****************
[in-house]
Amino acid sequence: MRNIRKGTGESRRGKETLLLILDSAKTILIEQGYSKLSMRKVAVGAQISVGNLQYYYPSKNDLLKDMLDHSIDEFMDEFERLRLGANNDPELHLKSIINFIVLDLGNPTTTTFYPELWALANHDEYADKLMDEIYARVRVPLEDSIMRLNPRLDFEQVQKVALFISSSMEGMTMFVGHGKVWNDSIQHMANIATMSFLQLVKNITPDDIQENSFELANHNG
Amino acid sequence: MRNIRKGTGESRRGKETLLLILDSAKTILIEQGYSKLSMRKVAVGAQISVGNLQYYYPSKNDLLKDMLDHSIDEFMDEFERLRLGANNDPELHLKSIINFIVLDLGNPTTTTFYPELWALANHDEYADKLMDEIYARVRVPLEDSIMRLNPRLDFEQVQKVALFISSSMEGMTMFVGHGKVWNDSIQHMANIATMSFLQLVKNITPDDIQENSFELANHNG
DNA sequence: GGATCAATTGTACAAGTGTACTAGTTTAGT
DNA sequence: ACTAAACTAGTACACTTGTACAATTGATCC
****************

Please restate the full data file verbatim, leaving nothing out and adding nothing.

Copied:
[in-house]
Amino acid sequence: MRNIRKGTGESRRGKETLLLILDSAKTILIEQGYSKLSMRKVAVGAQISVGNLQYYYPSKNDLLKDMLDHSIDEFMDEFERLRLGANNDPELHLKSIINFIVLDLGNPTTTTFYPELWALANHDEYADKLMDEIYARVRVPLEDSIMRLNPRLDFEQVQKVALFISSSMEGMTMFVGHGKVWNDSIQHMANIATMSFLQLVKNITPDDIQENSFELANHNG
Amino acid sequence: MRNIRKGTGESRRGKETLLLILDSAKTILIEQGYSKLSMRKVAVGAQISVGNLQYYYPSKNDLLKDMLDHSIDEFMDEFERLRLGANNDPELHLKSIINFIVLDLGNPTTTTFYPELWALANHDEYADKLMDEIYARVRVPLEDSIMRLNPRLDFEQVQKVALFISSSMEGMTMFVGHGKVWNDSIQHMANIATMSFLQLVKNITPDDIQENSFELANHNG
DNA sequence: GGATCAATTGTACAAGTGTACTAGTTTAGT
DNA sequence: ACTAAACTAGTACACTTGTACAATTGATCC